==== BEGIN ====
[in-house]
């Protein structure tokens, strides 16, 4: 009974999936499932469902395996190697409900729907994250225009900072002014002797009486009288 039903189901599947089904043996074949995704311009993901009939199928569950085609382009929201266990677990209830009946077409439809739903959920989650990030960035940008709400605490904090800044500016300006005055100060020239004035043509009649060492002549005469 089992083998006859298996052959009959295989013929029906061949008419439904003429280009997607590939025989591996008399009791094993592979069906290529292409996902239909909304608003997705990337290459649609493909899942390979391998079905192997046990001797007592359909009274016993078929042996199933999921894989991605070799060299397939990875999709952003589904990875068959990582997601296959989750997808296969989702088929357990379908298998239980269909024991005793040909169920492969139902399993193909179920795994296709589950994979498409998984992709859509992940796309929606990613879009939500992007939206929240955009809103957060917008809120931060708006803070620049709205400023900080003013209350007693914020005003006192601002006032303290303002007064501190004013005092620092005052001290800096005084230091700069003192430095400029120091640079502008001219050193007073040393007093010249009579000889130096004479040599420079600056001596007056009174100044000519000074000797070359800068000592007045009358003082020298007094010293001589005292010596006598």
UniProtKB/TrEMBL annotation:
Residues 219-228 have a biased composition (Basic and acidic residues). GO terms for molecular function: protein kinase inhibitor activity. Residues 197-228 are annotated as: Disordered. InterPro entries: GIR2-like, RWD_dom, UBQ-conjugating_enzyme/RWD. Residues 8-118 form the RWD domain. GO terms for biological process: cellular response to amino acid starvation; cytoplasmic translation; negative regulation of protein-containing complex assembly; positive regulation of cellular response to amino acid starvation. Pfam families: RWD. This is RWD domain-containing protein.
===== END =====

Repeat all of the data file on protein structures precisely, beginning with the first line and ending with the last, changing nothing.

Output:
[in-house]
């Protein structure tokens, strides 16, 4: 009974999936499932469902395996190697409900729907994250225009900072002014002797009486009288 039903189901599947089904043996074949995704311009993901009939199928569950085609382009929201266990677990209830009946077409439809739903959920989650990030960035940008709400605490904090800044500016300006005055100060020239004035043509009649060492002549005469 089992083998006859298996052959009959295989013929029906061949008419439904003429280009997607590939025989591996008399009791094993592979069906290529292409996902239909909304608003997705990337290459649609493909899942390979391998079905192997046990001797007592359909009274016993078929042996199933999921894989991605070799060299397939990875999709952003589904990875068959990582997601296959989750997808296969989702088929357990379908298998239980269909024991005793040909169920492969139902399993193909179920795994296709589950994979498409998984992709859509992940796309929606990613879009939500992007939206929240955009809103957060917008809120931060708006803070620049709205400023900080003013209350007693914020005003006192601002006032303290303002007064501190004013005092620092005052001290800096005084230091700069003192430095400029120091640079502008001219050193007073040393007093010249009579000889130096004479040599420079600056001596007056009174100044000519000074000797070359800068000592007045009358003082020298007094010293001589005292010596006598």
UniProtKB/TrEMBL annotation:
Residues 219-228 have a biased composition (Basic and acidic residues). GO terms for molecular function: protein kinase inhibitor activity. Residues 197-228 are annotated as: Disordered. InterPro entries: GIR2-like, RWD_dom, UBQ-conjugating_enzyme/RWD. Residues 8-118 form the RWD domain. GO terms for biological process: cellular response to amino acid starvation; cytoplasmic translation; negative regulation of protein-containing complex assembly; positive regulation of cellular response to amino acid starvation. Pfam families: RWD. This is RWD domain-containing protein.